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11.2.15: Tom's Op-Ed - How Web Giants Wage War Against Guns
How Web Giants Wage War Against Guns
Ignoring Second Amendment rights assaults the free market
By Tom Gresham
Tom's article was originally published in The Washington Times on Monday, October 26, 2015
New, massive players entering the gun rights battle on the side of those who would restrict individual rights are changing the political playing field in stealthy, insidious and possibly effective ways.
America's 100-plus million gun owners expect constant assaults on their rights from elected politicians, much of the media and the gun ban lobby. Through individual and collective lobbying (contacting their representatives as set out by the Founders of our government), and challenging the misinformation and even lies in the media, the men and women who make up the 99.9 percent of gun owners who do not commit crimes answer the call to fight discrimination and bigotry that labels as undesirables a third to half the adults in the United States.
These people have no recourse, however, to a massive censorship campaign currently underway - one which blocks the free exchange of information as well as stifles commerce. This isn't the government at work, but is being done by the giant companies that dominate the Internet. Google, Twitter, PayPal and Facebook all have established policies blocking ads and payments for guns, gun parts, gun accessories or even optics that can be attached to firearms. These massive companies have become the superhighways, the interstates, of Web commerce. Blocking access to customers using these portals impacts companies large and small the same as it would a retailer on a main thoroughfare that suddenly had its signs removed and faced a barrier shielding the view from the road.
Google blocked firearms ads from Google Shopping. Twitter's ad policy blocks weapons, even when the firearms are for competition and hunting. PayPal will not allow its online payment system to be used for legal firearm purchases. Facebook arbitrarily shuts down pages it deems to be about weapons, even when there are no firearms being sold. One major online company that sells optics (scopes and binoculars) and flashlights had its Facebook page shut down without warning, and appeals have - so far - fallen on deaf ears. Hundreds of thousands of customers suddenly cannot see this company's Facebook page. The company prefers to remain anonymous to avoid endangering its appeal.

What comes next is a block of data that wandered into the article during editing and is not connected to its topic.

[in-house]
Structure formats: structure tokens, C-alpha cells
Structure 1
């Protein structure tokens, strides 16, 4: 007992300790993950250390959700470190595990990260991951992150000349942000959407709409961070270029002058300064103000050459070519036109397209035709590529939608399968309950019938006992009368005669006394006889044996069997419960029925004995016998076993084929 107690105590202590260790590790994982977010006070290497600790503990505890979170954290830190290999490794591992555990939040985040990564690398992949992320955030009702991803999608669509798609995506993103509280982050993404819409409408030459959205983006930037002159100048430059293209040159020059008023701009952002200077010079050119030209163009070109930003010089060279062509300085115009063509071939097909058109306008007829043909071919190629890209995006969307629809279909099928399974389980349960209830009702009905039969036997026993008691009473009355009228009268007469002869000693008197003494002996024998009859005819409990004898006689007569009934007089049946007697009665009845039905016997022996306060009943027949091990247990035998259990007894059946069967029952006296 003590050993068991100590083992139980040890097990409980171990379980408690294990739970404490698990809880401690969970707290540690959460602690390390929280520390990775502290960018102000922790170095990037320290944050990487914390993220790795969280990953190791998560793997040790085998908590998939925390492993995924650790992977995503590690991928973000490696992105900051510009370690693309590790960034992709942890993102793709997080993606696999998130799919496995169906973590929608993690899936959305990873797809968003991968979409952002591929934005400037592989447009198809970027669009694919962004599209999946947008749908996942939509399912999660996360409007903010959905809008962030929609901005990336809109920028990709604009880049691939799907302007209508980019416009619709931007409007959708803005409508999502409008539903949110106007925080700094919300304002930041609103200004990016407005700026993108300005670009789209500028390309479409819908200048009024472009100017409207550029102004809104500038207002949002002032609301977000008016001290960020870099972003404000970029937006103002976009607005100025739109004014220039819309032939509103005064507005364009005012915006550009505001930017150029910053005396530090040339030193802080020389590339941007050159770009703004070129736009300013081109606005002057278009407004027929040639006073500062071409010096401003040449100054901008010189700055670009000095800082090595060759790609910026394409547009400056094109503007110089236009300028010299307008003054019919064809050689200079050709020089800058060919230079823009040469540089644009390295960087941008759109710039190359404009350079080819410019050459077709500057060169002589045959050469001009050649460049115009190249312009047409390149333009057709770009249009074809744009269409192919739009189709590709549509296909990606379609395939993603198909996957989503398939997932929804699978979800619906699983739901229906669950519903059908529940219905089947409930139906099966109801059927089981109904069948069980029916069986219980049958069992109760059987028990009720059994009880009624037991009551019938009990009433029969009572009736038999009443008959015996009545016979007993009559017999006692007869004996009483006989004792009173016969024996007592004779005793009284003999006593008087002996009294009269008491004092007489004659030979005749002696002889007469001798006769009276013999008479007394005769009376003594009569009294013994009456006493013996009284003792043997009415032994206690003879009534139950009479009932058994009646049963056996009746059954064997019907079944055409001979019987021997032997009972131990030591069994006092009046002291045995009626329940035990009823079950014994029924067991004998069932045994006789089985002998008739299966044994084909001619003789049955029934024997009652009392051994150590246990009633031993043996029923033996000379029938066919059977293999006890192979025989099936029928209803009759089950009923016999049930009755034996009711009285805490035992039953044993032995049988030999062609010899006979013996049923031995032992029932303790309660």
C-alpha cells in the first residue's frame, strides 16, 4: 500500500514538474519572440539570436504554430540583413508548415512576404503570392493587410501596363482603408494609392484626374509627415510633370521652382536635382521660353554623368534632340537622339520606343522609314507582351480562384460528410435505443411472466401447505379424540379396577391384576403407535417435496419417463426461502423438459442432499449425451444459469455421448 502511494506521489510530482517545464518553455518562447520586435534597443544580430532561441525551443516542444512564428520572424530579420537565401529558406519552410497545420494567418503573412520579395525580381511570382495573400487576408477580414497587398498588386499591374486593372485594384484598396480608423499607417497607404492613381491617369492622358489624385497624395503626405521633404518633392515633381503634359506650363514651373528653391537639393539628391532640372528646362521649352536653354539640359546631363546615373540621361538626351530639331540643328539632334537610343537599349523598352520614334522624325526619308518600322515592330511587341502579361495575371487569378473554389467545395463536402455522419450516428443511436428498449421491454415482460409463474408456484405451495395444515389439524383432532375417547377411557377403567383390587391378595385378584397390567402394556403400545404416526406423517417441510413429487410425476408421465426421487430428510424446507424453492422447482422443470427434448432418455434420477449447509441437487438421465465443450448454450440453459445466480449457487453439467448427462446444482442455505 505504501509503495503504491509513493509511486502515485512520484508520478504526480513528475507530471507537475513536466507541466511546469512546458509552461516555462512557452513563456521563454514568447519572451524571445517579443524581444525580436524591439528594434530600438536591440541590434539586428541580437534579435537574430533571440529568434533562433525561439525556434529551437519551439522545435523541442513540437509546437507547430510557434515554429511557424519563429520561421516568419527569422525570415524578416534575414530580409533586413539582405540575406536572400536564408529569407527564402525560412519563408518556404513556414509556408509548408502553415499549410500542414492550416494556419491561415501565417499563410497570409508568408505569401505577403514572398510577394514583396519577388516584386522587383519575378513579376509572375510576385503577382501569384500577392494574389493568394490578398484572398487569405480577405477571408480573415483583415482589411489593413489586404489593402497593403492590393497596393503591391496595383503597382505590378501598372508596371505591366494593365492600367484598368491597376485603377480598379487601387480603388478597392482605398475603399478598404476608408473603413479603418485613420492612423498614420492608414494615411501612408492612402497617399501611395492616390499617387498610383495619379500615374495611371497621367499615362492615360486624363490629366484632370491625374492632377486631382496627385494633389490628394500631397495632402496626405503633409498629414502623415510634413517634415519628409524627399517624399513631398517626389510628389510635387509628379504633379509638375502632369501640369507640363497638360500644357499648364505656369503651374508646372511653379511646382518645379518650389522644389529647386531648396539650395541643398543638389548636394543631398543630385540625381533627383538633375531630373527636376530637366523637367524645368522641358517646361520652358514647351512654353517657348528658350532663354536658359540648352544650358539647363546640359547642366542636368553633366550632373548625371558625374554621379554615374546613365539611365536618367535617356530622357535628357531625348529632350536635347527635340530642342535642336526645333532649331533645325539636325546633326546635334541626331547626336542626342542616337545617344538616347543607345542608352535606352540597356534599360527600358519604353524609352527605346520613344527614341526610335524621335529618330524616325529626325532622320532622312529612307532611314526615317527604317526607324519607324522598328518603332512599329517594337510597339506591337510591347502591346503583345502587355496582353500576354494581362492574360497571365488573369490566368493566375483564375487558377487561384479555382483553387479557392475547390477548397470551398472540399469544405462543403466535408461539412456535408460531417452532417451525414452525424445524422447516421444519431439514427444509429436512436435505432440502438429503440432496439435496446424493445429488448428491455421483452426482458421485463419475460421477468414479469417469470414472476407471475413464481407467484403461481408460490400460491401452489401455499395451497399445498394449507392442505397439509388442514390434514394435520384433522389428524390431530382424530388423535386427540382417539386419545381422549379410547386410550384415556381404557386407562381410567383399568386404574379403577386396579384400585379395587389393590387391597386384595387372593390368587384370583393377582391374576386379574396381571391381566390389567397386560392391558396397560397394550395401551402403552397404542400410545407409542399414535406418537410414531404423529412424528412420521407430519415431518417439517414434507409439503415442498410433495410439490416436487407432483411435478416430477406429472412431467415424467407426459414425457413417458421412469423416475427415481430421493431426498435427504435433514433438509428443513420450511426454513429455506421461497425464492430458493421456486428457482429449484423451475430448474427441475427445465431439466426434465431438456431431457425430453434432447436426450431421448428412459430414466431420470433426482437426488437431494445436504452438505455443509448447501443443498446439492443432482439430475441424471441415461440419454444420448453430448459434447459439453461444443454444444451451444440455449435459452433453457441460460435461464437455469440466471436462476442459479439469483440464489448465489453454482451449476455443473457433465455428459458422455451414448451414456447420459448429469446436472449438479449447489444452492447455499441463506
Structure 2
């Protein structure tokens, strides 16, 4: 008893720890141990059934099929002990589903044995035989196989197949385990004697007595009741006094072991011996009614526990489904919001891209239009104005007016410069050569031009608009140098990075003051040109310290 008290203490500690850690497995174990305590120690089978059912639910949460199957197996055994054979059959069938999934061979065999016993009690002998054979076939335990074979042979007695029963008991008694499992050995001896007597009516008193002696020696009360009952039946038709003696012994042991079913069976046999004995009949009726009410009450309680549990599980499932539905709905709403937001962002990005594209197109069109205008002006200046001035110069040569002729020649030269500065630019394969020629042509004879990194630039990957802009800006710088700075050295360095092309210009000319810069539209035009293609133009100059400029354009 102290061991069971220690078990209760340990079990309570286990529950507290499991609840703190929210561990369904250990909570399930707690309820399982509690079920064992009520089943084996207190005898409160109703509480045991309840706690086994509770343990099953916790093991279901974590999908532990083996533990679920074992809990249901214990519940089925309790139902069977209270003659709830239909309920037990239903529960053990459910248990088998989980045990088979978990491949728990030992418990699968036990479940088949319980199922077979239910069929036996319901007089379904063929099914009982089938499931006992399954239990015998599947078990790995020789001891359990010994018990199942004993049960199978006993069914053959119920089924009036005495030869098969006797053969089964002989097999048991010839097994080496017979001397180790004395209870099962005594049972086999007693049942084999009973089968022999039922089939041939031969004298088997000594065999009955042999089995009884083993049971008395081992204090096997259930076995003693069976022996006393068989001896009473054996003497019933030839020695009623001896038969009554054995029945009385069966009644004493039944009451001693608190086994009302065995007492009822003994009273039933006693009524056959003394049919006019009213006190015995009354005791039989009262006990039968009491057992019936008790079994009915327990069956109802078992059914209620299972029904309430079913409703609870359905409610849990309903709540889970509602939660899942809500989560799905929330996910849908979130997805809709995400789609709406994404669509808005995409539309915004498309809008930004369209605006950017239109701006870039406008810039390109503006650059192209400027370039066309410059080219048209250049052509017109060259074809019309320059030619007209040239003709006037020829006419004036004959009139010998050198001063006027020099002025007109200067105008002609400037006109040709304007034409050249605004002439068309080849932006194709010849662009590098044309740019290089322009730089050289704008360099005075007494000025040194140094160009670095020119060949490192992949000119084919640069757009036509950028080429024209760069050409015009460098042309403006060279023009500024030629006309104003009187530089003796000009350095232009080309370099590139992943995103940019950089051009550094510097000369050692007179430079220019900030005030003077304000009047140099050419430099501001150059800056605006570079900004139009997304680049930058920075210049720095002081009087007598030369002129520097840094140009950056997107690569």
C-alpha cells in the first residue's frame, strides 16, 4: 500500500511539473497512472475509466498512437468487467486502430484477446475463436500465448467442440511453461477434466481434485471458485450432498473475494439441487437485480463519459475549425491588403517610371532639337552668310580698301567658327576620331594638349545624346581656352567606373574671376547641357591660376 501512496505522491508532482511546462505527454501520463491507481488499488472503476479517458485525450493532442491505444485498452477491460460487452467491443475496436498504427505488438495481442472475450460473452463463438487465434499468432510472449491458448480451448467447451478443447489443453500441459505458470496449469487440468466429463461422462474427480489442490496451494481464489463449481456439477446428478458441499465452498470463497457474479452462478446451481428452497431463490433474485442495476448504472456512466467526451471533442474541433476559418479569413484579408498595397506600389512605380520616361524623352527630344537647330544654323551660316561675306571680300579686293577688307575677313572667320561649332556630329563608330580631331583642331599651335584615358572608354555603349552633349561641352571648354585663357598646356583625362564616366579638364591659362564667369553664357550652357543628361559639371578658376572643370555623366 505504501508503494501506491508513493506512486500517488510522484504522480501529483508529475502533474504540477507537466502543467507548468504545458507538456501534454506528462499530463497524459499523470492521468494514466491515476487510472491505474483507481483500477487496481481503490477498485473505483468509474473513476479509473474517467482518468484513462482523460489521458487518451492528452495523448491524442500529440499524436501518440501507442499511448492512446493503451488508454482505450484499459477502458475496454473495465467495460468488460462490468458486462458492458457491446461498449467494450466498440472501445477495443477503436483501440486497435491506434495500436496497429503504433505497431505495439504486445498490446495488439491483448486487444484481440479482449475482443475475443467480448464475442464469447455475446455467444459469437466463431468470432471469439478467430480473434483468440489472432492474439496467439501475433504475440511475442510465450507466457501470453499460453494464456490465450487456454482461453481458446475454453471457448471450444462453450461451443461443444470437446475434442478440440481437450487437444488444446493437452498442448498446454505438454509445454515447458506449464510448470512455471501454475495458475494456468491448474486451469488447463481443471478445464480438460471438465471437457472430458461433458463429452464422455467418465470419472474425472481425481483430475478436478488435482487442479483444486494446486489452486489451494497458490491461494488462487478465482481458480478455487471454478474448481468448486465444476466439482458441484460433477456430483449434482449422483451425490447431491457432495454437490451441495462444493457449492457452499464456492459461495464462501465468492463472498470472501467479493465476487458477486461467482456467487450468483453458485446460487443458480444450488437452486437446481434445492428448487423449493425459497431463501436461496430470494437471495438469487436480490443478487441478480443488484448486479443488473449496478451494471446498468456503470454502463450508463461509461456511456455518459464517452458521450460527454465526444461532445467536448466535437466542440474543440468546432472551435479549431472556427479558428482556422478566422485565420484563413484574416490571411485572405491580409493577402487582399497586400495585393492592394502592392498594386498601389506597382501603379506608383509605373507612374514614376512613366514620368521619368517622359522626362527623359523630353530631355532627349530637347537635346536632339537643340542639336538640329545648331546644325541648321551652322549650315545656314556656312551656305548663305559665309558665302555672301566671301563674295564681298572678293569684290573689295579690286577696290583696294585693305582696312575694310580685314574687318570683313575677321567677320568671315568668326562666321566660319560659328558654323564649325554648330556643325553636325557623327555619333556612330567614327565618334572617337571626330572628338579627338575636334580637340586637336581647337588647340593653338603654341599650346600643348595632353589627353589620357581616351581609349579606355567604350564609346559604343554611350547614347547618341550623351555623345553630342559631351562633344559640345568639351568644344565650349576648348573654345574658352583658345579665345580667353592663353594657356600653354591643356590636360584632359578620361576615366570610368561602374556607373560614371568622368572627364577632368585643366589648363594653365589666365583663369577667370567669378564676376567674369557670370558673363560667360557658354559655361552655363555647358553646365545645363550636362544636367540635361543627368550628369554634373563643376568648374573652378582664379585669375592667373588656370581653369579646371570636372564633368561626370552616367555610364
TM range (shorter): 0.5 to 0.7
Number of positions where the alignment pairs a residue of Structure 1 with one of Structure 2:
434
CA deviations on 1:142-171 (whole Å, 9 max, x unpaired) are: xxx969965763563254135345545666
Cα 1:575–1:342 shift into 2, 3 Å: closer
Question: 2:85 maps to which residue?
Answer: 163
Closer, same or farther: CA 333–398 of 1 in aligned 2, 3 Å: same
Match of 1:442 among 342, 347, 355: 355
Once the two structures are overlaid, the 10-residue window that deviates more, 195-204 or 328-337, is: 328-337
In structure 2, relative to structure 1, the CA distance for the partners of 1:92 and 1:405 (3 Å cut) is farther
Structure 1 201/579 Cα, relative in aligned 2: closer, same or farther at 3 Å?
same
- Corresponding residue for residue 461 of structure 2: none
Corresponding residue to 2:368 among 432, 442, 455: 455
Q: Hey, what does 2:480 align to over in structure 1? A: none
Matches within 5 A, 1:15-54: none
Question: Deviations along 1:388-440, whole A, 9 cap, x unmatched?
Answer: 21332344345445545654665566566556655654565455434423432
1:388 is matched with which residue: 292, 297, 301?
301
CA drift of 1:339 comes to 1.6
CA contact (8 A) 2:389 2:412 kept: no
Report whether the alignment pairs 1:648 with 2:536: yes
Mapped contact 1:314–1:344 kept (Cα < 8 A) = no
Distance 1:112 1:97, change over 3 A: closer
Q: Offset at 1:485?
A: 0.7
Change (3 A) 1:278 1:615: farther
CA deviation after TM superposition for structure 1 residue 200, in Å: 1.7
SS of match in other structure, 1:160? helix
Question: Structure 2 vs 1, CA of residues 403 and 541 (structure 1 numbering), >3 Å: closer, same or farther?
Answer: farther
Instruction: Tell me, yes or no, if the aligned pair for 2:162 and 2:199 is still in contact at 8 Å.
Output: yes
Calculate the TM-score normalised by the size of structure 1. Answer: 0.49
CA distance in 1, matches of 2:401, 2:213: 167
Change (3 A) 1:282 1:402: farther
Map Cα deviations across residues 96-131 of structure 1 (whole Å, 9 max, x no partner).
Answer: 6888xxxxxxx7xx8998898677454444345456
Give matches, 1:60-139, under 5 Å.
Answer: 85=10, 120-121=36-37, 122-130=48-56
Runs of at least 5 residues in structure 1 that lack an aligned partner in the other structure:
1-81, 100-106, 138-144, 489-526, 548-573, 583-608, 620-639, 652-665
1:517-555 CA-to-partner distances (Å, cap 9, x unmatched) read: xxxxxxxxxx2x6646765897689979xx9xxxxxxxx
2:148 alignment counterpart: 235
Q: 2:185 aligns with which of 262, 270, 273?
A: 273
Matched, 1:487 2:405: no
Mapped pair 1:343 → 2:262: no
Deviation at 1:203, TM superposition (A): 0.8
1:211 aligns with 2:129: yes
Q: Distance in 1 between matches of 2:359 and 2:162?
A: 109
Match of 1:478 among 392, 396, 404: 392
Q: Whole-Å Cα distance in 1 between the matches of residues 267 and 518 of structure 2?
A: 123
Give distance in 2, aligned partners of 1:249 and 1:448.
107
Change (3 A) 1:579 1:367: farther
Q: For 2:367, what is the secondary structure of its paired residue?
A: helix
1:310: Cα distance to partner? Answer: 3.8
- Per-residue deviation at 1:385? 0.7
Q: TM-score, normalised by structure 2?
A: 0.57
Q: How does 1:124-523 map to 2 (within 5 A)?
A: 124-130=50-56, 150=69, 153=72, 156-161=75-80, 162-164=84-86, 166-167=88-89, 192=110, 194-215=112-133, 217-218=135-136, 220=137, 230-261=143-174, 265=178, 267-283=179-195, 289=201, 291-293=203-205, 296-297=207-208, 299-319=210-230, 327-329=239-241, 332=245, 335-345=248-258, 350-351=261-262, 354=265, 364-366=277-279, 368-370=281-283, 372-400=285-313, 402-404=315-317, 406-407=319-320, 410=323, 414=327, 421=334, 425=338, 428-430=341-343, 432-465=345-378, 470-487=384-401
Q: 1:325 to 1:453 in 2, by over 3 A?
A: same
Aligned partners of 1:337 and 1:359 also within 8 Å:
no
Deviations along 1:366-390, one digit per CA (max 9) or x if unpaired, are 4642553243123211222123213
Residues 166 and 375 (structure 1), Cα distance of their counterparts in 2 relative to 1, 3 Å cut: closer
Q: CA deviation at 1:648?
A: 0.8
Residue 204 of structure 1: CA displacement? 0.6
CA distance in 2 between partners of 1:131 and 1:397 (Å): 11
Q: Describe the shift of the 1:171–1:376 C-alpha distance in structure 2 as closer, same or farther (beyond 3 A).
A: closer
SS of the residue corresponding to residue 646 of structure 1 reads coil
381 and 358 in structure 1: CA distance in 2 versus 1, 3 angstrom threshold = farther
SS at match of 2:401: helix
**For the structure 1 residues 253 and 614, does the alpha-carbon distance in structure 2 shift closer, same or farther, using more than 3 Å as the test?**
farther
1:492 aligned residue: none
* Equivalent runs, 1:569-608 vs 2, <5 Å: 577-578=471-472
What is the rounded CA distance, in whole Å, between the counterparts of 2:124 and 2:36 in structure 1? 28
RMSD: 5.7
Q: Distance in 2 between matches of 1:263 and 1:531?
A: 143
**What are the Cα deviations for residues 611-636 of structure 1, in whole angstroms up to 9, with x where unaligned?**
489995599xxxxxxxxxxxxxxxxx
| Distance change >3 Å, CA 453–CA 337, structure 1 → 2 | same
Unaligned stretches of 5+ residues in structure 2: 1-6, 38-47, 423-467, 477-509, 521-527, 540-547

Despite the misleading wailing of the gun ban lobby, guns sold across state lines must be shipped to a licensed firearms dealer, where the buyer must appear in person, submit to a background check so the FBI can approve the purchase, and only then can the sale go through. Yes, the FBI must approve each and every purchase. All laws apply to locating a firearm through the Web, just as they do in locating a gun through a newspaper advertisement. There is no online "gun loophole."
The situation drips with irony as Google et al. rail against Internet censorship by the government while they censor legal commerce from their sites. Because this isn't censorship by the government, it is not a First Amendment issue, making it virtually impossible to fight.
This stealth campaign to wipe out firearm retailers isn't constrained to private companies. Operation Chokepoint, created by the U.S. Justice Department, working through the Federal Deposit Insurance Corp., essentially threatened banks with "investigations" if they did business with undesirable companies. Included in the list of "high risk" companies were firearms dealers - retailers who operate under tight regulations from the Bureau of Alcohol, Tobacco, Firearms and Explosives as well as the FBI. Every single firearm purchase from these retailers must be approved by the FBI, yet the Department of Justice pressured banks to close the accounts of gun stores or deny them financial services.
Activists for the rights of gun owners can fight in the open when elected politicians call for restrictions or bans. It's much more difficult - even impossible - when the attacks come from those who control the gateways to much of the Web, or from unnamed bureaucrats doing the dirty work of a politically motivated Justice Department.
It's the ultimate irony that these attacks on legal and highly regulated commerce in firearms come just as we see government reports that over the last 20 years, murders are down by huge numbers, so-called "gun crime" is down by more than 40 percent, and accidental firearms deaths of adults and children are at an all-time low. During this same time tens of millions of Americans have become new gun owners, tens of millions of guns have been purchased, and more than 10 million people have been licensed to carry loaded guns for their own protection. More guns, less crime, to coin a phrase.
One wonders if those who think it's OK for the Web giants to do this to gun owners might have a different response if these same restrictions blocked information on issues they support.
Blocking the flow of information on the Web is the newest form of book burning.
A question to be asked: When do the restrictive actions of a small handful of companies controlling much of the information on the Web become a legitimate area for review by government?
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- Tom Gresham hosts the nationally-syndicated radio talk show "Tom Gresham's Gun Talk" (guntalkmedia.com).